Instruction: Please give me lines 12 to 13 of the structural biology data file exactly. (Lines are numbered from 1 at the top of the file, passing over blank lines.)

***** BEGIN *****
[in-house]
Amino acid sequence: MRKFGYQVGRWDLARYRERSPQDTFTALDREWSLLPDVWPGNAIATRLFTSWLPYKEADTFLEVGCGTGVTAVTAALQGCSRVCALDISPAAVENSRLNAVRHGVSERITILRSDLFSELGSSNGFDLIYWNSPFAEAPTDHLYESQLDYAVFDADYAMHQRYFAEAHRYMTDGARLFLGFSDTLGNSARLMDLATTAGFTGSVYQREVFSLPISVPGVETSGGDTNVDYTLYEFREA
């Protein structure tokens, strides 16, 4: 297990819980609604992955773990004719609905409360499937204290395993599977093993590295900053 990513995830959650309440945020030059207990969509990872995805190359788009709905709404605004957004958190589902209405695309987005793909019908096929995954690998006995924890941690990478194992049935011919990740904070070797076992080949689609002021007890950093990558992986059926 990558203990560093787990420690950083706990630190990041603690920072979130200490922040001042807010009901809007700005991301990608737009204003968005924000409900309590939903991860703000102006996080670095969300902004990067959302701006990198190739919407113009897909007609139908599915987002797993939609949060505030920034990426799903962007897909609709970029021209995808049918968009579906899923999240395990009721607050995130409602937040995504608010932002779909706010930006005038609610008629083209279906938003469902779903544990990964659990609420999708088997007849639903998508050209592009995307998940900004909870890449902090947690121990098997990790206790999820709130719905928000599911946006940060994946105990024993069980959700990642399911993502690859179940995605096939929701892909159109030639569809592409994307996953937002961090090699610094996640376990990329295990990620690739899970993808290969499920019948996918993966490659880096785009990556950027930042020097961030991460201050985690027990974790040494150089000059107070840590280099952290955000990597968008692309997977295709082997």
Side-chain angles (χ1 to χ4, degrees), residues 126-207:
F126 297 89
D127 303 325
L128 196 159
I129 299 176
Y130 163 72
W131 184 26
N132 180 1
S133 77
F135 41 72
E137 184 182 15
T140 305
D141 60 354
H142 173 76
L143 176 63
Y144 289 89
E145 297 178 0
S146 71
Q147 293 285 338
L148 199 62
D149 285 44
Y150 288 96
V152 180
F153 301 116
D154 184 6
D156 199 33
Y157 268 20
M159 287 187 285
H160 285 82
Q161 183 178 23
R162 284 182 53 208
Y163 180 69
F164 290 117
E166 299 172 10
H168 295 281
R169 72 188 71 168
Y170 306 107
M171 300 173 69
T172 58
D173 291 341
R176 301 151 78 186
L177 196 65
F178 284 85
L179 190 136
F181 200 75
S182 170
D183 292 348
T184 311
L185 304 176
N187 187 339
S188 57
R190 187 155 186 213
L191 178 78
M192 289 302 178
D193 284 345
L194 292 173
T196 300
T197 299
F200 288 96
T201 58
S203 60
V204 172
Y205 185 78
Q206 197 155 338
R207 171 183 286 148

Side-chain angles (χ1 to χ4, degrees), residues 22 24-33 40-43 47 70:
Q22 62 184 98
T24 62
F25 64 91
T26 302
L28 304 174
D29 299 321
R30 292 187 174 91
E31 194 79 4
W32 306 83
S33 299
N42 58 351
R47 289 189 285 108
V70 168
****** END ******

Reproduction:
S133 77
F135 41 72